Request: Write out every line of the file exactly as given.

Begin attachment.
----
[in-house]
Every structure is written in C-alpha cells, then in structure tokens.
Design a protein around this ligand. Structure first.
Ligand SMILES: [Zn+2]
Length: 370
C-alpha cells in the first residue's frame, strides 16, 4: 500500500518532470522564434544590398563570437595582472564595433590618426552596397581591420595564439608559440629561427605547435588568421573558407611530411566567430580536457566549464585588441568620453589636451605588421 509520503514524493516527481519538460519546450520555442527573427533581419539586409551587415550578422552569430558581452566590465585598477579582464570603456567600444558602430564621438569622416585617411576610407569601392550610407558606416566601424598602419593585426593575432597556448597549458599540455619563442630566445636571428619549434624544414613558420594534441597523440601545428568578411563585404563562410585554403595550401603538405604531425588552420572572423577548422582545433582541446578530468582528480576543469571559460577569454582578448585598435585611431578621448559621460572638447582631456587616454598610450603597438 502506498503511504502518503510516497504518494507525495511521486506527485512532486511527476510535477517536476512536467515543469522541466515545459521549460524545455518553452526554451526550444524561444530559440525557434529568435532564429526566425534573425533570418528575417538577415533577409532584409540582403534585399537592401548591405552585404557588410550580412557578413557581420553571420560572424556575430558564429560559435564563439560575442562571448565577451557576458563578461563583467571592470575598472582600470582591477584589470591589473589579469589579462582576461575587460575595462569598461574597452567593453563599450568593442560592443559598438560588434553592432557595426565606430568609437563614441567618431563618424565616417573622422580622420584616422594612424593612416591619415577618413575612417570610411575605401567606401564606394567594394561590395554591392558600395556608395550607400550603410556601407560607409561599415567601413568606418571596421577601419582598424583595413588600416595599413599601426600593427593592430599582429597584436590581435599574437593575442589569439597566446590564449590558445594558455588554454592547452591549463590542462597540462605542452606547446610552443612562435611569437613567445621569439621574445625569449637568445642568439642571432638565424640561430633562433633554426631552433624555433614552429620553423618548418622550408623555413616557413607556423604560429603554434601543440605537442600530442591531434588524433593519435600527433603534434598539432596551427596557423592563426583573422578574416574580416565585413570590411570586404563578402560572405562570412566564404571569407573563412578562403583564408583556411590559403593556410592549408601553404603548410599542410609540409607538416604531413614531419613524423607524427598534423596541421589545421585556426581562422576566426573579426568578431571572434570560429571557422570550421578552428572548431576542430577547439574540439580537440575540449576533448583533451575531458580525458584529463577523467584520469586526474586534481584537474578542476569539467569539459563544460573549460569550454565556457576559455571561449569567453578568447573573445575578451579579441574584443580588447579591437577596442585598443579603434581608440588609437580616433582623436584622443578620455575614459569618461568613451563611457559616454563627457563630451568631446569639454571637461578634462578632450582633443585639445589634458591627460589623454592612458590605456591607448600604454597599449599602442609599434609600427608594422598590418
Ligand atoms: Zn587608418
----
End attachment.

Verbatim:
[in-house]
Every structure is written in C-alpha cells, then in structure tokens.
Design a protein around this ligand. Structure first.
Ligand SMILES: [Zn+2]
Length: 370
C-alpha cells in the first residue's frame, strides 16, 4: 500500500518532470522564434544590398563570437595582472564595433590618426552596397581591420595564439608559440629561427605547435588568421573558407611530411566567430580536457566549464585588441568620453589636451605588421 509520503514524493516527481519538460519546450520555442527573427533581419539586409551587415550578422552569430558581452566590465585598477579582464570603456567600444558602430564621438569622416585617411576610407569601392550610407558606416566601424598602419593585426593575432597556448597549458599540455619563442630566445636571428619549434624544414613558420594534441597523440601545428568578411563585404563562410585554403595550401603538405604531425588552420572572423577548422582545433582541446578530468582528480576543469571559460577569454582578448585598435585611431578621448559621460572638447582631456587616454598610450603597438 502506498503511504502518503510516497504518494507525495511521486506527485512532486511527476510535477517536476512536467515543469522541466515545459521549460524545455518553452526554451526550444524561444530559440525557434529568435532564429526566425534573425533570418528575417538577415533577409532584409540582403534585399537592401548591405552585404557588410550580412557578413557581420553571420560572424556575430558564429560559435564563439560575442562571448565577451557576458563578461563583467571592470575598472582600470582591477584589470591589473589579469589579462582576461575587460575595462569598461574597452567593453563599450568593442560592443559598438560588434553592432557595426565606430568609437563614441567618431563618424565616417573622422580622420584616422594612424593612416591619415577618413575612417570610411575605401567606401564606394567594394561590395554591392558600395556608395550607400550603410556601407560607409561599415567601413568606418571596421577601419582598424583595413588600416595599413599601426600593427593592430599582429597584436590581435599574437593575442589569439597566446590564449590558445594558455588554454592547452591549463590542462597540462605542452606547446610552443612562435611569437613567445621569439621574445625569449637568445642568439642571432638565424640561430633562433633554426631552433624555433614552429620553423618548418622550408623555413616557413607556423604560429603554434601543440605537442600530442591531434588524433593519435600527433603534434598539432596551427596557423592563426583573422578574416574580416565585413570590411570586404563578402560572405562570412566564404571569407573563412578562403583564408583556411590559403593556410592549408601553404603548410599542410609540409607538416604531413614531419613524423607524427598534423596541421589545421585556426581562422576566426573579426568578431571572434570560429571557422570550421578552428572548431576542430577547439574540439580537440575540449576533448583533451575531458580525458584529463577523467584520469586526474586534481584537474578542476569539467569539459563544460573549460569550454565556457576559455571561449569567453578568447573573445575578451579579441574584443580588447579591437577596442585598443579603434581608440588609437580616433582623436584622443578620455575614459569618461568613451563611457559616454563627457563630451568631446569639454571637461578634462578632450582633443585639445589634458591627460589623454592612458590605456591607448600604454597599449599602442609599434609600427608594422598590418
Ligand atoms: Zn587608418